6 Iconic SA attractions to get solar power boost

2016-05-04 10:30 - Louzel Lombard
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Cape Town - Six of South Africa's iconic tourism attractions will be equipped with solar powered energy sources in the coming financial year, Tourism Minister Derek Hanekom told parliament on Wednesday, 3 May, during the annual Tourism budget speech. 

Recognising the environmental and cost benefits of moving towards renewable energy, the Tourism Department says it is supporting major destinations to install renewable energy sources as part of the Tourism Incentive Program.

"Contractors have been appointed to install renewable energy at various pilot sites, including Robben Island Museum; the Skukuza and Lower Sabi rest camps in the Kruger National Park; and the Karoo Desert, the Hantam and the Free State National Botanical Gardens," Hanekom said.

Climate change and the greening of SA's various economies, including tourism, has also been outlined as a vital part of SA’s National Development plan.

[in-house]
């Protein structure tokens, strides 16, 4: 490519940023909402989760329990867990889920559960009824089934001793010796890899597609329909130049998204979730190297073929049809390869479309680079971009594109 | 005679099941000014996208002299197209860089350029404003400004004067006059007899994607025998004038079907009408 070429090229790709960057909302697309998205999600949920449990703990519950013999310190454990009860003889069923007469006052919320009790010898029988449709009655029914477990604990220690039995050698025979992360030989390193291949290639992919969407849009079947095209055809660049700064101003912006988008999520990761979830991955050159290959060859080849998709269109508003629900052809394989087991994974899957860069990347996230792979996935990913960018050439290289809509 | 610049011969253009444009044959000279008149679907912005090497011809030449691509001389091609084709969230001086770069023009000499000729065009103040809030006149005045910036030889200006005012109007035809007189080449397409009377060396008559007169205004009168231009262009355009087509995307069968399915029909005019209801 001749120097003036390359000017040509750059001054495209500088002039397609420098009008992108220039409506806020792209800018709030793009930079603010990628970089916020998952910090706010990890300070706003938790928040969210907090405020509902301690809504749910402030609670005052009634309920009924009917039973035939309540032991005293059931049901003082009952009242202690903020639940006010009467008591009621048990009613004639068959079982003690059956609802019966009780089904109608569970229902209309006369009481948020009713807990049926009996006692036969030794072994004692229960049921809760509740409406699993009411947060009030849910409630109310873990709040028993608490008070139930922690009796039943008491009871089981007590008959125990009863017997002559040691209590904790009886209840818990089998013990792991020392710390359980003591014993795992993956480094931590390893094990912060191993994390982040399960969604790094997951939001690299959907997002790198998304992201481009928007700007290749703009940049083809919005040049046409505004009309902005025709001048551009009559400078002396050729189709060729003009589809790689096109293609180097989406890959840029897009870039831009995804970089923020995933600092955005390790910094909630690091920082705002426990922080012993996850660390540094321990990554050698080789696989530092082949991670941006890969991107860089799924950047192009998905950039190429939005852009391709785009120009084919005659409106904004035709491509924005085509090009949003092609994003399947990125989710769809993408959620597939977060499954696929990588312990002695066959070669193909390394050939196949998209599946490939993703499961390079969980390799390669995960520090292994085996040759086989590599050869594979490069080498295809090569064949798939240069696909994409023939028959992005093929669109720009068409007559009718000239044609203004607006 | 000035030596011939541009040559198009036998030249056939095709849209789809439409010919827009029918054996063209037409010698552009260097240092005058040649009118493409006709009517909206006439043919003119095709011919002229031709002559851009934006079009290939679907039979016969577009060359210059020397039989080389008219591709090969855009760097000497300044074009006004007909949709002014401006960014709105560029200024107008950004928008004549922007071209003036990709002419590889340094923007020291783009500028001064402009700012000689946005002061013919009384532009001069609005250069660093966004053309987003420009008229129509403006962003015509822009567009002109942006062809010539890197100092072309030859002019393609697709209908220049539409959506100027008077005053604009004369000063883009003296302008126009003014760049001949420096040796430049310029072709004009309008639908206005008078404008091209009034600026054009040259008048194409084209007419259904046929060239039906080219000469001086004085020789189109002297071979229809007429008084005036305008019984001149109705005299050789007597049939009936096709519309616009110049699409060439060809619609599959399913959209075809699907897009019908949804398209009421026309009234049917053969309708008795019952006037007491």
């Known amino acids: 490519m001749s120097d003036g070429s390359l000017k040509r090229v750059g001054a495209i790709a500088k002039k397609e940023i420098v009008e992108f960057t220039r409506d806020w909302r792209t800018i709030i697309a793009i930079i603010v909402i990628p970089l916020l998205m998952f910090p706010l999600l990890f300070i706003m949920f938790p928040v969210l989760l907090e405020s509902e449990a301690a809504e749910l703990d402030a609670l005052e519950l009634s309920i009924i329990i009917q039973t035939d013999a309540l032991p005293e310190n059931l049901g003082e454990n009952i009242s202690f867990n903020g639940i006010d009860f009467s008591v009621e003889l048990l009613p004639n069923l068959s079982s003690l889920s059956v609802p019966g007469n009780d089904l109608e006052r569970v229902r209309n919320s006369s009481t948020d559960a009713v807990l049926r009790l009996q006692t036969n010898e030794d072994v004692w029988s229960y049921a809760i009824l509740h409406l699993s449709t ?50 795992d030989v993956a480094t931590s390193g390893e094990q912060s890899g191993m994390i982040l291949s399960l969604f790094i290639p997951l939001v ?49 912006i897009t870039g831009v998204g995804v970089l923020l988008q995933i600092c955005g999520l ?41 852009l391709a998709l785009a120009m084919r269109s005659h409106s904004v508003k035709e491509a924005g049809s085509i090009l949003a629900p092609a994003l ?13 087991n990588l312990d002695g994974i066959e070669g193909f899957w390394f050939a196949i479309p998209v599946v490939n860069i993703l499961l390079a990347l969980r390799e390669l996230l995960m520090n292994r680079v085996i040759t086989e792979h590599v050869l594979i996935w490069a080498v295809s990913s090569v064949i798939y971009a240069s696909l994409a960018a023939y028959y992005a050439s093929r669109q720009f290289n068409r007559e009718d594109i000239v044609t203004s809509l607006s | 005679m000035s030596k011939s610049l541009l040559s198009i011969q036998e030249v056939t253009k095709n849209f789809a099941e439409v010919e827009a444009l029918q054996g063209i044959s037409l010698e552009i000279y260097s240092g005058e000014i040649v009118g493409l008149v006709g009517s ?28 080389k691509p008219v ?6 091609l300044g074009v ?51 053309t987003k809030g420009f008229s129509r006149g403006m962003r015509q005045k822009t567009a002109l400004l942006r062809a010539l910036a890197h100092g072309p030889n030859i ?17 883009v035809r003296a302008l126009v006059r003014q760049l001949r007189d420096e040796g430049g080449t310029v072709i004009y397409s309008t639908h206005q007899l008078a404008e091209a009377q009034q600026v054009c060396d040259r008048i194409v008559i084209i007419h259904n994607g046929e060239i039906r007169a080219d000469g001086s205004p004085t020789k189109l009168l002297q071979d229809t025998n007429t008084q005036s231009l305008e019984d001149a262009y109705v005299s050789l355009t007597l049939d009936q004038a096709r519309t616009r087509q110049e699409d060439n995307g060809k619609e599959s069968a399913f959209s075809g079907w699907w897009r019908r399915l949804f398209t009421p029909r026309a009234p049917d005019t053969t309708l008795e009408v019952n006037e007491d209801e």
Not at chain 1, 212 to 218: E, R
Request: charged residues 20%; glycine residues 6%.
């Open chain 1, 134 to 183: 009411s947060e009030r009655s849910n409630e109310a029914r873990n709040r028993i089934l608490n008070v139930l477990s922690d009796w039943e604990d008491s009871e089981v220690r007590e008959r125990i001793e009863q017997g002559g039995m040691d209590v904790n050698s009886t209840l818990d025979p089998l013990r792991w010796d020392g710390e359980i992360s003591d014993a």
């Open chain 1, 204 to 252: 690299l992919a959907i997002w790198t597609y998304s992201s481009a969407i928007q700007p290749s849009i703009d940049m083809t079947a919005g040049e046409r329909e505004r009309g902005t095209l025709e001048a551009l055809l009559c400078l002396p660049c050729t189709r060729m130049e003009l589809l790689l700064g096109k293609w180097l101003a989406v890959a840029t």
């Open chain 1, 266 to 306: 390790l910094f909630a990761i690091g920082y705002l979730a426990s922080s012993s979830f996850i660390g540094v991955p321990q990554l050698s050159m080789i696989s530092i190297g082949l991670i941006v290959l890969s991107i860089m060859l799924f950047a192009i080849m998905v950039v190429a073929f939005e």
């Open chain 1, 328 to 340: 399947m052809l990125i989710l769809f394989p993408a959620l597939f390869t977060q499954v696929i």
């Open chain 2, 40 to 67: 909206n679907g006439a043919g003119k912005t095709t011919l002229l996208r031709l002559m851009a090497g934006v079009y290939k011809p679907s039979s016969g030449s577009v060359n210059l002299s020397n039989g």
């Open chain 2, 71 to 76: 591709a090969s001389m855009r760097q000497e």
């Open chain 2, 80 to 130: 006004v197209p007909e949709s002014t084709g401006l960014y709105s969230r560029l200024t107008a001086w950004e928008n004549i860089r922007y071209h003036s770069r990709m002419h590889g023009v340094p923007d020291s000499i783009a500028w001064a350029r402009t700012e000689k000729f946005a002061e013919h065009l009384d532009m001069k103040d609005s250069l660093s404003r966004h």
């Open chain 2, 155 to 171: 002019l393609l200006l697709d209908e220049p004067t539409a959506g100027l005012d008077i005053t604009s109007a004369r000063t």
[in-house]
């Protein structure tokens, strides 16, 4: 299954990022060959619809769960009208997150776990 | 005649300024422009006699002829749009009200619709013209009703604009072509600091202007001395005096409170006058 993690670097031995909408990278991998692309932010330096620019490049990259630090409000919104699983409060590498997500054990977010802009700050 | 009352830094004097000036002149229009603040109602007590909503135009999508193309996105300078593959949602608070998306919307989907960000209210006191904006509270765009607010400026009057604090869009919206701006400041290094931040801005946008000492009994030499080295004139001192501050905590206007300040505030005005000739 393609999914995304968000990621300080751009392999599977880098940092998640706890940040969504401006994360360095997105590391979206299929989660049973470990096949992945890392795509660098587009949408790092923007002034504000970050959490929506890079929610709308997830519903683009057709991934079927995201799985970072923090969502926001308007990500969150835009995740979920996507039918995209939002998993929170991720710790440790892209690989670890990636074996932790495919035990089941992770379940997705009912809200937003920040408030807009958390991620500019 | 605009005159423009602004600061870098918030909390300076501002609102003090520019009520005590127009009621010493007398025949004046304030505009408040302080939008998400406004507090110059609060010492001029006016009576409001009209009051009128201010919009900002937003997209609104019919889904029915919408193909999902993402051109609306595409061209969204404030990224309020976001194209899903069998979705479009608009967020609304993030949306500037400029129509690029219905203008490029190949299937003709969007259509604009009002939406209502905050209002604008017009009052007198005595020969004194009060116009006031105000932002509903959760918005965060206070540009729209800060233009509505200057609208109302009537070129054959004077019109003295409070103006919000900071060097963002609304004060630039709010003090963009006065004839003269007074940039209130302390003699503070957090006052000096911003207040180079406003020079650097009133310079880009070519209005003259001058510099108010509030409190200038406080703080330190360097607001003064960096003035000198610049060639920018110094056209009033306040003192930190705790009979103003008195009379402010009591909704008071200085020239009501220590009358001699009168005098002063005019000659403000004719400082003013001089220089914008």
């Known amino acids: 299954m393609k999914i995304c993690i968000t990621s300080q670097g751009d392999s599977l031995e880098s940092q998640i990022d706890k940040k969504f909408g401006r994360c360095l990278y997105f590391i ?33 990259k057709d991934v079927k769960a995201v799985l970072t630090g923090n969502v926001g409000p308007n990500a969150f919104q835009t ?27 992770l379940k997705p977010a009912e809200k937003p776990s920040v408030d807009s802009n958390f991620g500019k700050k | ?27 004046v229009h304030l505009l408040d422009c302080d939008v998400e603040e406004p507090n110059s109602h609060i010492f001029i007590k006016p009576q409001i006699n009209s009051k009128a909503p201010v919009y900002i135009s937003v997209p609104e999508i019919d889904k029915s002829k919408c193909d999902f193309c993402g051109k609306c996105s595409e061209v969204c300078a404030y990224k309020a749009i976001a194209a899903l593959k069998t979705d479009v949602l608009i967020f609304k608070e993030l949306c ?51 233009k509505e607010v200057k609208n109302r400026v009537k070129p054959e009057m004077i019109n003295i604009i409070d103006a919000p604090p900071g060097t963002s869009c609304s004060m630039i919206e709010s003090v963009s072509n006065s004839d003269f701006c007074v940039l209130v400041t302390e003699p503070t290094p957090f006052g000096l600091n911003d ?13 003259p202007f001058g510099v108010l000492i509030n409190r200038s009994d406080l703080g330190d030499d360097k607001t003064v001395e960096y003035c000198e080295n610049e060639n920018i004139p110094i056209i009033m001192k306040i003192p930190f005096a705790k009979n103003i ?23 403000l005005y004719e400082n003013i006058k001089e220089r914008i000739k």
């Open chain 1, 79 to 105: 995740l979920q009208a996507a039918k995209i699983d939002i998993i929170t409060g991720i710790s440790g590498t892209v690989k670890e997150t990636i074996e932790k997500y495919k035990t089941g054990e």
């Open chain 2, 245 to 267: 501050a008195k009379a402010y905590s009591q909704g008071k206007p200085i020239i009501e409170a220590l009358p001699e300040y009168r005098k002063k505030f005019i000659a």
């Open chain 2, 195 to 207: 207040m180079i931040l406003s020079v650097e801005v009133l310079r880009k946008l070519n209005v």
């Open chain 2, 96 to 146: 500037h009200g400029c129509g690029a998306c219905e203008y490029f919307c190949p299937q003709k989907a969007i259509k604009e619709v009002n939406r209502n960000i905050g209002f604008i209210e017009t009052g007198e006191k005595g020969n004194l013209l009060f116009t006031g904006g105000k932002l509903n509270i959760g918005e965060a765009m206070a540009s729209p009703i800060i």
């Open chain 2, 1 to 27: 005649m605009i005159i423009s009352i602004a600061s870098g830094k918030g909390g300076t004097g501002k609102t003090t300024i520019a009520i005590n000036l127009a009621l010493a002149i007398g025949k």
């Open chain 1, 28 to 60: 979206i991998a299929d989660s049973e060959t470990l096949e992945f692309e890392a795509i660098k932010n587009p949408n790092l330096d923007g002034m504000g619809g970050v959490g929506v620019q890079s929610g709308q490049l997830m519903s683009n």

South Africa has just signed the Paris Agreement, the first-ever universal, legally binding global climate deal aimed at getting 195 countries to look at limiting the global temperature increase to well below 2 degrees Celsius, while pursuing efforts to limit the increase to 1.5 degrees.

The recognition of the 1.5 degree target is of central importance to South Africa as an African and developing country that is highly vulnerable to climate change – the recent droughts significantly affecting both industry and consumer. 

Having already invested R32.8bn into transforming its energy sector, with a legacy of inefficient and ageing coal-fired power plants, solar power forms a vital part of the overall clean energy plan. 

Hanekom said that South Africa "already has excellent infrastructure and offerings for all categories of tourism, ranging from safaris to beaches, shopping, major events and wine tourism. And we offer exciting adventure tourism, like zip lining, hang gliding, shark cage diving and bungee jumping." 

But SA's tourism offerings should also "continue to meet global demand for socially responsible tourism products that conserve the environment and benefit surrounding communities", hence the move to solar power. 

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